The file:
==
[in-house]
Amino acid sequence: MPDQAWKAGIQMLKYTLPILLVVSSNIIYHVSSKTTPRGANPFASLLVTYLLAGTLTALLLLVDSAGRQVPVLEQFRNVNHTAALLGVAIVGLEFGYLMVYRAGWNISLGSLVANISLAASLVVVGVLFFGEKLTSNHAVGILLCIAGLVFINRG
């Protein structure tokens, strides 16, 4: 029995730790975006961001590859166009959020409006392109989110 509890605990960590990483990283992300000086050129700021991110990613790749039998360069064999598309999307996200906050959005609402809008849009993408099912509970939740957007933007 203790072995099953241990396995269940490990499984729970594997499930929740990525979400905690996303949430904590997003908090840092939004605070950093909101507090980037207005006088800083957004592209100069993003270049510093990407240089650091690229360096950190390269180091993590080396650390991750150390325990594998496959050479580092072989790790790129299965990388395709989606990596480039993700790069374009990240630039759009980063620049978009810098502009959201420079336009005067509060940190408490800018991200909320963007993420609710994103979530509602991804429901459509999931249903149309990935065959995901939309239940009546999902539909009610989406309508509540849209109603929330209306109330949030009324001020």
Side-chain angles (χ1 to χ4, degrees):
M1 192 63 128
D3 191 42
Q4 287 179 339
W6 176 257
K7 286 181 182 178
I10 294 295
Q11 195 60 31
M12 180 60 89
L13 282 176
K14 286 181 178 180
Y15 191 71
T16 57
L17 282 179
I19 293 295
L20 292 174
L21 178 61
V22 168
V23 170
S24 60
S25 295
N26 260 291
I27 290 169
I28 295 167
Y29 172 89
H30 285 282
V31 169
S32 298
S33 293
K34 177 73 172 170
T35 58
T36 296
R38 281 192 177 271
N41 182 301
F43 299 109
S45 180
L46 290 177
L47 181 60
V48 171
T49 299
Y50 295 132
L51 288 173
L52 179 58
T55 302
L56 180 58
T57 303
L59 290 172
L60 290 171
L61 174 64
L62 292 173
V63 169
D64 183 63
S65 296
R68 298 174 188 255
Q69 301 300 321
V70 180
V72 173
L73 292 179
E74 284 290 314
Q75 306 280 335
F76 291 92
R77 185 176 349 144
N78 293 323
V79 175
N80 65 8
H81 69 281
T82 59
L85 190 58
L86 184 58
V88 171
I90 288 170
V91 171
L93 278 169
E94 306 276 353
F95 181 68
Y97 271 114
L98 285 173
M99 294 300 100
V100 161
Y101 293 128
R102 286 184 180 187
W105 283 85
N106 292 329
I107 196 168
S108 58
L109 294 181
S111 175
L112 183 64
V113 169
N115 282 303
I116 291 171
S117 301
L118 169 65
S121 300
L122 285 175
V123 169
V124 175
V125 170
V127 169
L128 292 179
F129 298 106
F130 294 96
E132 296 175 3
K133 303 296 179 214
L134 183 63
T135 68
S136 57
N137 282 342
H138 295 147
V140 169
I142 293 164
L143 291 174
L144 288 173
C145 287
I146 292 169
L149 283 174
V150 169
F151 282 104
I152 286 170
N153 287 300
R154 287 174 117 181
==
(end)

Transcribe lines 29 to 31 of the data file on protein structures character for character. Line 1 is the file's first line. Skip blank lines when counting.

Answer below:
H30 285 282
V31 169
S32 298